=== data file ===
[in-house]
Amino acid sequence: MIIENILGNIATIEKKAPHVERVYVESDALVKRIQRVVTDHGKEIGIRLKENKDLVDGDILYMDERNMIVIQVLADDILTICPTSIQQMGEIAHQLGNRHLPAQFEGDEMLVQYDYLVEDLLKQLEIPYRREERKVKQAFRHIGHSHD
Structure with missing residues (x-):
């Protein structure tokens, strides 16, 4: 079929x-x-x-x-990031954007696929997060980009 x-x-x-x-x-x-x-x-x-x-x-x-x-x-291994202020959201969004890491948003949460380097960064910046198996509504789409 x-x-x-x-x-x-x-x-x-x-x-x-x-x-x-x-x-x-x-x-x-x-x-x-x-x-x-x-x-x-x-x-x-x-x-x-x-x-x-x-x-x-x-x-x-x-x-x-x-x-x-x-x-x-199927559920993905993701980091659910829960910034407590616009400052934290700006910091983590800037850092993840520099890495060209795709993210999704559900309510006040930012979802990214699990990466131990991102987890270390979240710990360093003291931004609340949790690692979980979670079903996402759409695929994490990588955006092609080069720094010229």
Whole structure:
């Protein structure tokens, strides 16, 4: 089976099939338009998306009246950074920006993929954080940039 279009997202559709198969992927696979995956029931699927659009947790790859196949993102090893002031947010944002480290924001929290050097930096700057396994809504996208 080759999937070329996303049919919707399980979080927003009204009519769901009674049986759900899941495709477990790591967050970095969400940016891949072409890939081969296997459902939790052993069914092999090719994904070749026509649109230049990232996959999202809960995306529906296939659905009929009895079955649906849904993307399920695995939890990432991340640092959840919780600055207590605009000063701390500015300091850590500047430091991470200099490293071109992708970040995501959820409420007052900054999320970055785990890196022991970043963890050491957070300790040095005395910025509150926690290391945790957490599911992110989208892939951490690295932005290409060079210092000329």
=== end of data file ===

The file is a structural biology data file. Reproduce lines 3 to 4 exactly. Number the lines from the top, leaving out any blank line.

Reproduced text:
Structure with missing residues (x-):
């Protein structure tokens, strides 16, 4: 079929x-x-x-x-990031954007696929997060980009 x-x-x-x-x-x-x-x-x-x-x-x-x-x-291994202020959201969004890491948003949460380097960064910046198996509504789409 x-x-x-x-x-x-x-x-x-x-x-x-x-x-x-x-x-x-x-x-x-x-x-x-x-x-x-x-x-x-x-x-x-x-x-x-x-x-x-x-x-x-x-x-x-x-x-x-x-x-x-x-x-x-199927559920993905993701980091659910829960910034407590616009400052934290700006910091983590800037850092993840520099890495060209795709993210999704559900309510006040930012979802990214699990990466131990991102987890270390979240710990360093003291931004609340949790690692979980979670079903996402759409695929994490990588955006092609080069720094010229």